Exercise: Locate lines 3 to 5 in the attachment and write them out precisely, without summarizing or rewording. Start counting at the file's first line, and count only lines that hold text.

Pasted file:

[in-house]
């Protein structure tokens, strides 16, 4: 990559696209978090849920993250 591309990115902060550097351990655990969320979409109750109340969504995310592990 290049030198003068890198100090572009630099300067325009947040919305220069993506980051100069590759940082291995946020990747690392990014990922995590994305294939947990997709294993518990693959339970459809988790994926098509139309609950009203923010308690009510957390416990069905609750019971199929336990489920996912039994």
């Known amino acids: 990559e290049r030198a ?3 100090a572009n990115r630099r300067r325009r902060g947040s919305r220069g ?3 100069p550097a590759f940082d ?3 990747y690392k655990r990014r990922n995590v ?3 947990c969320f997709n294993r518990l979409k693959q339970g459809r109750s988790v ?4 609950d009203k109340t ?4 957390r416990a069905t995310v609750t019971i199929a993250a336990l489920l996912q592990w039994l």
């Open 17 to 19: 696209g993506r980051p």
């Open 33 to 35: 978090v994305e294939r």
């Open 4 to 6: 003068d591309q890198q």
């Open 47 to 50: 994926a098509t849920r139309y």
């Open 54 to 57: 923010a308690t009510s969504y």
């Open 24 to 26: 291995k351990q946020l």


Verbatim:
């Known amino acids: 990559e290049r030198a ?3 100090a572009n990115r630099r300067r325009r902060g947040s919305r220069g ?3 100069p550097a590759f940082d ?3 990747y690392k655990r990014r990922n995590v ?3 947990c969320f997709n294993r518990l979409k693959q339970g459809r109750s988790v ?4 609950d009203k109340t ?4 957390r416990a069905t995310v609750t019971i199929a993250a336990l489920l996912q592990w039994l």
């Open 17 to 19: 696209g993506r980051p």
């Open 33 to 35: 978090v994305e294939r």